The nodular melanoma (20 % of melanomas) is usually deep black in colour, but can occasionally also be skin coloured or even reddish. With this type, there is no superficial growth phase; it immediately penetrates downwards into the skin, lessening the chances of successful treatment.

The lentigo malignant melanoma (10 % of melanomas) initially grows superficially in the epidermis – and usually more slowly than the other types of melanoma. Irregularly shaped patches of blackish or brown-grey colour may exist for many years in areas of the skin that are chronically exposed to light – especially the face. Unlike the other types of melanoma, chronic light exposure – at least, as far as is known today – is more important for the occurrence of lentigo malignant melanoma than the number of sunburns.

The acrolentiginous malignant melanoma (5 % of melanomas) occurs in the places indicated by the name, i.e. on the hands and feet. These melanomas often have an irregular brown-black pigmentation, but can also be reddish or colourless, and frequently also involve the nail structures. Every pigment spot on the nails which is not clearly due to an injury or bleeding should therefore be carefully examined.

In the case of all malignant melanomas, early detection is crucial because these tumours already cause metastases at an early stage, which makes the chances of successful treatment very poor. The ABCDE rule is a good guide for early detection.

All irregularly shaped, very dark or mottled, multi-coloured pigment spots on the skin are suspicious and must be examined by a doctor.

Therapy is done in the form of radical excision, with the malignant melanoma being removed as a whole together with a surrounding safety zone. The size of the safety zone depends on the thickness of the tumour. The thicker the tumour is, i.e. the deeper it has grown down into the deeper skin structures, the higher the risk that it has formed metastases. The reason for this is that once the tumour has broken through the basal membrane, it can gain access to the blood and lymphatic vessels. The deeper it penetrates into the dermis, the more blood and lymphatic vessels there are. The thickness and penetration level of the tumour are identified in examination of the tissue under the microscope, and are crucial for the healing prognosis. In the case of thicker tumours, the sentinel lymph node is today also removed. The sentinel lymph node is the first lymph node that lies in the path of lymph outflow of the tumour. If this lymph node is also affected, the whole lymph node station is removed. In the case of high-risk malignant melanomas, surgery is often followed by immune stimulation therapy using interferon.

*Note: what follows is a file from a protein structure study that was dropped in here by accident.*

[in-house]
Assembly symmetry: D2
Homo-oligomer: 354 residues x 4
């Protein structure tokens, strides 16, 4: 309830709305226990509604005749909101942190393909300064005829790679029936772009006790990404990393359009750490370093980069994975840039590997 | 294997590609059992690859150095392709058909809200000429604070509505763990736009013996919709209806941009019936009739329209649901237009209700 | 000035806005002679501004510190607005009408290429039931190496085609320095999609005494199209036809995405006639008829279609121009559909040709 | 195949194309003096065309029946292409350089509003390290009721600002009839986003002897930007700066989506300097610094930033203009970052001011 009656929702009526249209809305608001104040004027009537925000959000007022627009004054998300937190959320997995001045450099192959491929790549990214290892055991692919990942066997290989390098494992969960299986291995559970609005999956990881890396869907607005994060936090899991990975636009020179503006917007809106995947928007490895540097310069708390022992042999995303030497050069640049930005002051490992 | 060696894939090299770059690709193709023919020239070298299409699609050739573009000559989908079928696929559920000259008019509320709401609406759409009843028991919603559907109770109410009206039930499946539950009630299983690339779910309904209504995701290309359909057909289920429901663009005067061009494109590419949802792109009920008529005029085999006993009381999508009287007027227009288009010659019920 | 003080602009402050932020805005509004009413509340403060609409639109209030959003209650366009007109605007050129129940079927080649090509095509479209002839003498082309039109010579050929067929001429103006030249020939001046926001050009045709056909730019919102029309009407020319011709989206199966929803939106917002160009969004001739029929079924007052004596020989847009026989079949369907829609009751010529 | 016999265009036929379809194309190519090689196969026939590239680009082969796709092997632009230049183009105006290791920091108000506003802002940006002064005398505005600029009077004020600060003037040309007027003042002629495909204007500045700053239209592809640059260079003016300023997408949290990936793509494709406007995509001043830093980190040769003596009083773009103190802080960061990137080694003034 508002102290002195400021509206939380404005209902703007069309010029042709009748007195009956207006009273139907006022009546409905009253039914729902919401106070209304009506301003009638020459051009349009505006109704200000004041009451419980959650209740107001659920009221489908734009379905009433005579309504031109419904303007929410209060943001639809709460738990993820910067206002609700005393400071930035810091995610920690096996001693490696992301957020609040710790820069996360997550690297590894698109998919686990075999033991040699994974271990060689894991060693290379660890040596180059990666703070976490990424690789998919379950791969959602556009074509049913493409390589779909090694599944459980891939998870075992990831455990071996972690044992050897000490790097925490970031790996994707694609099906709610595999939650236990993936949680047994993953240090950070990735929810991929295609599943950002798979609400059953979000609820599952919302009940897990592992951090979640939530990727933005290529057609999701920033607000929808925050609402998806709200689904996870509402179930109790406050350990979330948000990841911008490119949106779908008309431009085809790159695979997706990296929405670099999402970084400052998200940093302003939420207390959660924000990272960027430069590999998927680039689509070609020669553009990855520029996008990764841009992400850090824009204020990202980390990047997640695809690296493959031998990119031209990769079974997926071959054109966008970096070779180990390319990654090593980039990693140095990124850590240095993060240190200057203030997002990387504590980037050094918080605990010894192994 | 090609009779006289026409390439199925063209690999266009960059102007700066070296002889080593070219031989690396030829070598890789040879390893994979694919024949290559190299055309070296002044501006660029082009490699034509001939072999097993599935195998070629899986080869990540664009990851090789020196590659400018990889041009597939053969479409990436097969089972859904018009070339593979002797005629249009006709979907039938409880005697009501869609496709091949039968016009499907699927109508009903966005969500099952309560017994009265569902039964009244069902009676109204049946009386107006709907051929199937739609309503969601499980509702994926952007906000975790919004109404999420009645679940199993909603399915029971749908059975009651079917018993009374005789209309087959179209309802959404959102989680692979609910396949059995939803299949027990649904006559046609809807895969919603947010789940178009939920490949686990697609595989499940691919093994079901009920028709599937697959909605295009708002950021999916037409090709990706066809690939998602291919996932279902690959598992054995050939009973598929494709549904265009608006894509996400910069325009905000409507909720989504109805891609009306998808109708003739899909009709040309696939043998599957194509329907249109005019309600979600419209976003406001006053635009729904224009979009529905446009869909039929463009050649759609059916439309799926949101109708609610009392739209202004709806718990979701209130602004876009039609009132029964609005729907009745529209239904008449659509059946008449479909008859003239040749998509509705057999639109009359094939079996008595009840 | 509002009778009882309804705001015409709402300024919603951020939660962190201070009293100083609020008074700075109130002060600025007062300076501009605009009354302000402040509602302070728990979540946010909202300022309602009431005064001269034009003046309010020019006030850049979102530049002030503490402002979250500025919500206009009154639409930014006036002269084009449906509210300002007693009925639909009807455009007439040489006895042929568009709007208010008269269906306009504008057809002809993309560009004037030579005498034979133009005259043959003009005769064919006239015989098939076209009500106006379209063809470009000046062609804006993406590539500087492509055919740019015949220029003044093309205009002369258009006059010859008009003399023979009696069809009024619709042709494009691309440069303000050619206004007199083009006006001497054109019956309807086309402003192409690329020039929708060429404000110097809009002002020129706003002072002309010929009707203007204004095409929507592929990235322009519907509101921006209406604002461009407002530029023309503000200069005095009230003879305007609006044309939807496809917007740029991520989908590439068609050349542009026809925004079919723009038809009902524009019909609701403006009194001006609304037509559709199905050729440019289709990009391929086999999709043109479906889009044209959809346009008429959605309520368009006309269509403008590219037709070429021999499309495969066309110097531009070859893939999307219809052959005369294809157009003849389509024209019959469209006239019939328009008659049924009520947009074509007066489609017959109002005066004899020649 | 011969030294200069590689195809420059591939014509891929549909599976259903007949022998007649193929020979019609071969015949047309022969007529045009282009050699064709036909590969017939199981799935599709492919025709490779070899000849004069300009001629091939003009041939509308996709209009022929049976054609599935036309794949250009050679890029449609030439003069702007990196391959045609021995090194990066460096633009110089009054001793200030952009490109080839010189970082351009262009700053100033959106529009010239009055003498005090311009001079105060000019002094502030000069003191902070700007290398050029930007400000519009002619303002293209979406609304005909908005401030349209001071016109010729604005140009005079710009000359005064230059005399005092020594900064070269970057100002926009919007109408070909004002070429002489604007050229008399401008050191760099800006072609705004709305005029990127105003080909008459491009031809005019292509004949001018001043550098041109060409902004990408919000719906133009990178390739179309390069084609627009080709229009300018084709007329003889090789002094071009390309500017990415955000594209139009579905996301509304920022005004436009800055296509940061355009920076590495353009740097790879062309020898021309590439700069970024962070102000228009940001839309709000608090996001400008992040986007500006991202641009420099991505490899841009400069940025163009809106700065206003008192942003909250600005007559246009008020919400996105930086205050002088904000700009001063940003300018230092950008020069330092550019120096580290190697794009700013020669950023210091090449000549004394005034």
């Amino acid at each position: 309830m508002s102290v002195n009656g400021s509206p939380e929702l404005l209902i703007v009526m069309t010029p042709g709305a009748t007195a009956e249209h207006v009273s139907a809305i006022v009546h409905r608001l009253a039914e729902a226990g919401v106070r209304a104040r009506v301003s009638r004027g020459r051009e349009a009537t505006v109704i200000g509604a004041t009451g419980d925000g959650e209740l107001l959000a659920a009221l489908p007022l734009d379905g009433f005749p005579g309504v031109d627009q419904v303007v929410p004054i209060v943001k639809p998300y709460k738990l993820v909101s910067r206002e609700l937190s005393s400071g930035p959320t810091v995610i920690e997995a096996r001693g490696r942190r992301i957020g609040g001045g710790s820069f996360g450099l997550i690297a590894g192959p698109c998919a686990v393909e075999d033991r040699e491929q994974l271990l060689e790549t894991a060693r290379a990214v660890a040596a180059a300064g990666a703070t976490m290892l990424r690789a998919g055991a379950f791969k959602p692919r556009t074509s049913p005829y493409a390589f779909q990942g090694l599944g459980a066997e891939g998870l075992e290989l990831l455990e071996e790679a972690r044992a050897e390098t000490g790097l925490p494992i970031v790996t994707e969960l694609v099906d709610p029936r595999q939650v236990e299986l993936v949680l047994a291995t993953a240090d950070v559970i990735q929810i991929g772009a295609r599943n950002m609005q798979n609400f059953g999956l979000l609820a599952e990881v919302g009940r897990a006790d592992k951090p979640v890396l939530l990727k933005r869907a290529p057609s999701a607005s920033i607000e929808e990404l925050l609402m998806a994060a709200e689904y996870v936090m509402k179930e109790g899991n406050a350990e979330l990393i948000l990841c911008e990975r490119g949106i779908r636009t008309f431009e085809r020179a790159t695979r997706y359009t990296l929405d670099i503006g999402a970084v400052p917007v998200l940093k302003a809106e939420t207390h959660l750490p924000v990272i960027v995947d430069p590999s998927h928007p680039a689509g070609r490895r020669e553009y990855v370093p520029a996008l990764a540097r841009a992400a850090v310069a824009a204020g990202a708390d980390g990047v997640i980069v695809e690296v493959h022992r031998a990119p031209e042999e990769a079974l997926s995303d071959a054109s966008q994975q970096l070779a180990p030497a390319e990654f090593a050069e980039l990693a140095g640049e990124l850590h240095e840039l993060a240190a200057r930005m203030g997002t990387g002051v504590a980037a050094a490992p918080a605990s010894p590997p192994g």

As already described in the chapter “The sun and skin”, the best protection against malignant skin tumours and light ageing is sensible exposure to sunlight and the use of sun protection products. The long latency period of several decades which can go by before skin tumours and sunlight-induced skin ageing occurs is deceptive and often delays the timely use of sun protection products. These should be used consistently from babyhood on. The earlier the use of these products begins, the better the protection against light damage to the skin. The general opinion today is that up to 80 % of all long-term damage to the skin is sustained by the time people have reached the age of 20.

Note: It is not the sun that causes illness, but our underestimation of its effects!